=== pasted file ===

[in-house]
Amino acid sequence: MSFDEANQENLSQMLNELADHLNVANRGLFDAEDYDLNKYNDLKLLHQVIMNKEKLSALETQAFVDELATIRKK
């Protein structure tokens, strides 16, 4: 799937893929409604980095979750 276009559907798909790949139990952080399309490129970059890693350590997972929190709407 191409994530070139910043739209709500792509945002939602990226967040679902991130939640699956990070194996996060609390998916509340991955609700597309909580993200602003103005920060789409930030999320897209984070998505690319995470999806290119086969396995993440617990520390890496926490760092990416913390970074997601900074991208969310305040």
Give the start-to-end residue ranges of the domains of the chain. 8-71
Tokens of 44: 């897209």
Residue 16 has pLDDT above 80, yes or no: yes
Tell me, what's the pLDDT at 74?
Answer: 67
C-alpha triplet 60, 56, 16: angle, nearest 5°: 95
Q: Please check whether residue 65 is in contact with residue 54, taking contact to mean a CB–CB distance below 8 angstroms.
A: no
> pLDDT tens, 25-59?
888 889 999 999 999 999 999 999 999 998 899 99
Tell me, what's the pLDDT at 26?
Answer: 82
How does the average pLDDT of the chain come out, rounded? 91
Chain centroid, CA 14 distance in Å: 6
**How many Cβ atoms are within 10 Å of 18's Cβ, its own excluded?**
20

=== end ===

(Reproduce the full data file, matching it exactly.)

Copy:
[in-house]
Amino acid sequence: MSFDEANQENLSQMLNELADHLNVANRGLFDAEDYDLNKYNDLKLLHQVIMNKEKLSALETQAFVDELATIRKK
């Protein structure tokens, strides 16, 4: 799937893929409604980095979750 276009559907798909790949139990952080399309490129970059890693350590997972929190709407 191409994530070139910043739209709500792509945002939602990226967040679902991130939640699956990070194996996060609390998916509340991955609700597309909580993200602003103005920060789409930030999320897209984070998505690319995470999806290119086969396995993440617990520390890496926490760092990416913390970074997601900074991208969310305040």
Give the start-to-end residue ranges of the domains of the chain. 8-71
Tokens of 44: 């897209």
Residue 16 has pLDDT above 80, yes or no: yes
Tell me, what's the pLDDT at 74?
Answer: 67
C-alpha triplet 60, 56, 16: angle, nearest 5°: 95
Q: Please check whether residue 65 is in contact with residue 54, taking contact to mean a CB–CB distance below 8 angstroms.
A: no
> pLDDT tens, 25-59?
888 889 999 999 999 999 999 999 999 998 899 99
Tell me, what's the pLDDT at 26?
Answer: 82
How does the average pLDDT of the chain come out, rounded? 91
Chain centroid, CA 14 distance in Å: 6
**How many Cβ atoms are within 10 Å of 18's Cβ, its own excluded?**
20